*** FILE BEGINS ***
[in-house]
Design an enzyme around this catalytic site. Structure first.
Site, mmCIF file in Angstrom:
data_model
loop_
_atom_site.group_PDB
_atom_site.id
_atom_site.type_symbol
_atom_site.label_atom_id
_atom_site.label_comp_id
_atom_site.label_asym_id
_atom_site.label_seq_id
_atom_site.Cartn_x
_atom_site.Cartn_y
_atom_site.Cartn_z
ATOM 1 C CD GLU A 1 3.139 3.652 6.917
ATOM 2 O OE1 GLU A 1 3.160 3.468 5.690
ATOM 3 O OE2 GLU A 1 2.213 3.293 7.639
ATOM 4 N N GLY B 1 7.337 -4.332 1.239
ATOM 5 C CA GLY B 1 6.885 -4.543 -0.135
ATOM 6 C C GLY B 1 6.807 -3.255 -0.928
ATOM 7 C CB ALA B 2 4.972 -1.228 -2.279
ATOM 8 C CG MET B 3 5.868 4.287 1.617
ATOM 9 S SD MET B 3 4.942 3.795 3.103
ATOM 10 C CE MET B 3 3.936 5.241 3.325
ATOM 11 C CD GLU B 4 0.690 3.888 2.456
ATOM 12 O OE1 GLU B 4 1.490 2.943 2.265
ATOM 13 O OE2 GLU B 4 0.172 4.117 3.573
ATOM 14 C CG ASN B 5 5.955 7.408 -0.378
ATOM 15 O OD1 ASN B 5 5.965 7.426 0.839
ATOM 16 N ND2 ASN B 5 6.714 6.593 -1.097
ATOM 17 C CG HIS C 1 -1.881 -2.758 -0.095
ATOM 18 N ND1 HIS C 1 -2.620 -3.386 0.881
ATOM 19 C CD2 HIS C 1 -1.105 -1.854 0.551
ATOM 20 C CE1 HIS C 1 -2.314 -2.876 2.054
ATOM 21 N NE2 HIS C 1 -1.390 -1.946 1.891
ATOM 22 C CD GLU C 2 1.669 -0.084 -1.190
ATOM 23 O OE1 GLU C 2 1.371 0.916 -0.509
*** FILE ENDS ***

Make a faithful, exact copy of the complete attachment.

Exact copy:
[in-house]
Design an enzyme around this catalytic site. Structure first.
Site, mmCIF file in Angstrom:
data_model
loop_
_atom_site.group_PDB
_atom_site.id
_atom_site.type_symbol
_atom_site.label_atom_id
_atom_site.label_comp_id
_atom_site.label_asym_id
_atom_site.label_seq_id
_atom_site.Cartn_x
_atom_site.Cartn_y
_atom_site.Cartn_z
ATOM 1 C CD GLU A 1 3.139 3.652 6.917
ATOM 2 O OE1 GLU A 1 3.160 3.468 5.690
ATOM 3 O OE2 GLU A 1 2.213 3.293 7.639
ATOM 4 N N GLY B 1 7.337 -4.332 1.239
ATOM 5 C CA GLY B 1 6.885 -4.543 -0.135
ATOM 6 C C GLY B 1 6.807 -3.255 -0.928
ATOM 7 C CB ALA B 2 4.972 -1.228 -2.279
ATOM 8 C CG MET B 3 5.868 4.287 1.617
ATOM 9 S SD MET B 3 4.942 3.795 3.103
ATOM 10 C CE MET B 3 3.936 5.241 3.325
ATOM 11 C CD GLU B 4 0.690 3.888 2.456
ATOM 12 O OE1 GLU B 4 1.490 2.943 2.265
ATOM 13 O OE2 GLU B 4 0.172 4.117 3.573
ATOM 14 C CG ASN B 5 5.955 7.408 -0.378
ATOM 15 O OD1 ASN B 5 5.965 7.426 0.839
ATOM 16 N ND2 ASN B 5 6.714 6.593 -1.097
ATOM 17 C CG HIS C 1 -1.881 -2.758 -0.095
ATOM 18 N ND1 HIS C 1 -2.620 -3.386 0.881
ATOM 19 C CD2 HIS C 1 -1.105 -1.854 0.551
ATOM 20 C CE1 HIS C 1 -2.314 -2.876 2.054
ATOM 21 N NE2 HIS C 1 -1.390 -1.946 1.891
ATOM 22 C CD GLU C 2 1.669 -0.084 -1.190
ATOM 23 O OE1 GLU C 2 1.371 0.916 -0.509